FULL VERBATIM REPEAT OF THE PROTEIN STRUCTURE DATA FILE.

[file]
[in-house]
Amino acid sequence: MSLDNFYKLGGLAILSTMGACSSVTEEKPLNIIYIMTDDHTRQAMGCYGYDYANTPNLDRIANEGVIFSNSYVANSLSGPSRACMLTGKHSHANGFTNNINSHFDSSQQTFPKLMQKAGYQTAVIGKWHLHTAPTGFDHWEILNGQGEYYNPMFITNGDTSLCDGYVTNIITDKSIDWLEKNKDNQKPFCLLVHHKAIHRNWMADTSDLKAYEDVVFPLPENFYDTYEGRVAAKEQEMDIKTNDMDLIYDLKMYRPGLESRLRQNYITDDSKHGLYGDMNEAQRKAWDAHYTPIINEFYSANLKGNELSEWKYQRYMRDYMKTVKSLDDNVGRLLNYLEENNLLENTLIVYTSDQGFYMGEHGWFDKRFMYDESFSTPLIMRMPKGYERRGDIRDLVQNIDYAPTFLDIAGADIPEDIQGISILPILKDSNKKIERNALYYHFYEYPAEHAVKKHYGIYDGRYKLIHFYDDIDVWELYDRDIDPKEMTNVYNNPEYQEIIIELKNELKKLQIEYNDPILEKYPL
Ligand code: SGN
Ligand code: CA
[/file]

[in-house]
Amino acid sequence: MSLDNFYKLGGLAILSTMGACSSVTEEKPLNIIYIMTDDHTRQAMGCYGYDYANTPNLDRIANEGVIFSNSYVANSLSGPSRACMLTGKHSHANGFTNNINSHFDSSQQTFPKLMQKAGYQTAVIGKWHLHTAPTGFDHWEILNGQGEYYNPMFITNGDTSLCDGYVTNIITDKSIDWLEKNKDNQKPFCLLVHHKAIHRNWMADTSDLKAYEDVVFPLPENFYDTYEGRVAAKEQEMDIKTNDMDLIYDLKMYRPGLESRLRQNYITDDSKHGLYGDMNEAQRKAWDAHYTPIINEFYSANLKGNELSEWKYQRYMRDYMKTVKSLDDNVGRLLNYLEENNLLENTLIVYTSDQGFYMGEHGWFDKRFMYDESFSTPLIMRMPKGYERRGDIRDLVQNIDYAPTFLDIAGADIPEDIQGISILPILKDSNKKIERNALYYHFYEYPAEHAVKKHYGIYDGRYKLIHFYDDIDVWELYDRDIDPKEMTNVYNNPEYQEIIIELKNELKKLQIEYNDPILEKYPL
Ligand code: SGN
Ligand code: CA